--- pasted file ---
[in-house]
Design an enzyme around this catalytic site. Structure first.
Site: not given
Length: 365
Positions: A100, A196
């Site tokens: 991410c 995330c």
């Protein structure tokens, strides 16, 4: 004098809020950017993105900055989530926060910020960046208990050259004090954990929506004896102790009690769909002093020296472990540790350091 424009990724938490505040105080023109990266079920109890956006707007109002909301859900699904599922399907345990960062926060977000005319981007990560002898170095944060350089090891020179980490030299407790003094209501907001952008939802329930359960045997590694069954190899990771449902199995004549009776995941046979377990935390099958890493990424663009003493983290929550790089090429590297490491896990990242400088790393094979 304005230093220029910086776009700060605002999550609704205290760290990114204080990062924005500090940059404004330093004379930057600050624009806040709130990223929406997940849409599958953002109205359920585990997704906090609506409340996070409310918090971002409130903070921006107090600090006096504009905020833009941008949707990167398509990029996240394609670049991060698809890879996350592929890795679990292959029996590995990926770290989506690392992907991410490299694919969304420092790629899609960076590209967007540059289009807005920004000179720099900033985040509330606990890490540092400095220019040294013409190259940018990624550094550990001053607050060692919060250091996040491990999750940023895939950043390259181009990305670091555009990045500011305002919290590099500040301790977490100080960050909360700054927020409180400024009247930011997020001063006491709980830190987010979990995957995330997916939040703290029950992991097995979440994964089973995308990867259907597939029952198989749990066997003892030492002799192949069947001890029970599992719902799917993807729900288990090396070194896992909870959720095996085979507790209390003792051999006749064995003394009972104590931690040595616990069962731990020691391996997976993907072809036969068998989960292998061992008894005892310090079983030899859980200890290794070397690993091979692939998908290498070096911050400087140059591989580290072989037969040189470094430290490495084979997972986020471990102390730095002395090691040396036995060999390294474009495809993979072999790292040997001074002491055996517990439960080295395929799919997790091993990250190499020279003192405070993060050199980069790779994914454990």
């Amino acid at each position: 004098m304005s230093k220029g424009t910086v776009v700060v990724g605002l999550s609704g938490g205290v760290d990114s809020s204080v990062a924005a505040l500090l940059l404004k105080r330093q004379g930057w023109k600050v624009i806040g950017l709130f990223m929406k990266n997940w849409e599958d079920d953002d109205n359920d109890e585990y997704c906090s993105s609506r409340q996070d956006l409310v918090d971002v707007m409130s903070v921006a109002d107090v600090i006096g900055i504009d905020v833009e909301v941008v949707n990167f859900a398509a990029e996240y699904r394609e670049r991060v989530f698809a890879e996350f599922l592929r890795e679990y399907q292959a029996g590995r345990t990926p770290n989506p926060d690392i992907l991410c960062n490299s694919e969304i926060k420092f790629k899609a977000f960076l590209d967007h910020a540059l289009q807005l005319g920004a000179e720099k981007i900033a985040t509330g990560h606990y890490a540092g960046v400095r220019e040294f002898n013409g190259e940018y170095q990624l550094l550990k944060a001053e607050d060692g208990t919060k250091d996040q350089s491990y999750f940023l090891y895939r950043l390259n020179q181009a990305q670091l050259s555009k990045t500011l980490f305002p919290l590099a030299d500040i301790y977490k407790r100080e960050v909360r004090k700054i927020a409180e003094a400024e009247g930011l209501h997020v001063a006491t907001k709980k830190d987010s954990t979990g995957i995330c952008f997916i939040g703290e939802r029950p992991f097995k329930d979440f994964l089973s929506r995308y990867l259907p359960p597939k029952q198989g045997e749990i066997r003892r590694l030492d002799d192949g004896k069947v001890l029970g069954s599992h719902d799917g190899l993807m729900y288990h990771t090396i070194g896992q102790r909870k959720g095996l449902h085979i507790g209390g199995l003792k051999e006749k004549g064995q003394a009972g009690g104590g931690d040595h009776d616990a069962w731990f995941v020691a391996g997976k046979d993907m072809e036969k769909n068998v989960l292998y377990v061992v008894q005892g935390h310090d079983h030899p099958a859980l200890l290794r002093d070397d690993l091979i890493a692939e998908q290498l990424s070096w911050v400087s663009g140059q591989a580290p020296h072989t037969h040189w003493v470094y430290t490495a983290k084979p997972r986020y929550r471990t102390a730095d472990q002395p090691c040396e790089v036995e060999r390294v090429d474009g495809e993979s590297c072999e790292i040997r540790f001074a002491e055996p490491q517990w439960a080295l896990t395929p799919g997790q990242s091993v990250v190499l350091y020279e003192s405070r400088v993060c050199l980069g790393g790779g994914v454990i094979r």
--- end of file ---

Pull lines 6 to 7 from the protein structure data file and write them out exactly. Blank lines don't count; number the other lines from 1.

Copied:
């Site tokens: 991410c 995330c």
């Protein structure tokens, strides 16, 4: 004098809020950017993105900055989530926060910020960046208990050259004090954990929506004896102790009690769909002093020296472990540790350091 424009990724938490505040105080023109990266079920109890956006707007109002909301859900699904599922399907345990960062926060977000005319981007990560002898170095944060350089090891020179980490030299407790003094209501907001952008939802329930359960045997590694069954190899990771449902199995004549009776995941046979377990935390099958890493990424663009003493983290929550790089090429590297490491896990990242400088790393094979 304005230093220029910086776009700060605002999550609704205290760290990114204080990062924005500090940059404004330093004379930057600050624009806040709130990223929406997940849409599958953002109205359920585990997704906090609506409340996070409310918090971002409130903070921006107090600090006096504009905020833009941008949707990167398509990029996240394609670049991060698809890879996350592929890795679990292959029996590995990926770290989506690392992907991410490299694919969304420092790629899609960076590209967007540059289009807005920004000179720099900033985040509330606990890490540092400095220019040294013409190259940018990624550094550990001053607050060692919060250091996040491990999750940023895939950043390259181009990305670091555009990045500011305002919290590099500040301790977490100080960050909360700054927020409180400024009247930011997020001063006491709980830190987010979990995957995330997916939040703290029950992991097995979440994964089973995308990867259907597939029952198989749990066997003892030492002799192949069947001890029970599992719902799917993807729900288990090396070194896992909870959720095996085979507790209390003792051999006749064995003394009972104590931690040595616990069962731990020691391996997976993907072809036969068998989960292998061992008894005892310090079983030899859980200890290794070397690993091979692939998908290498070096911050400087140059591989580290072989037969040189470094430290490495084979997972986020471990102390730095002395090691040396036995060999390294474009495809993979072999790292040997001074002491055996517990439960080295395929799919997790091993990250190499020279003192405070993060050199980069790779994914454990």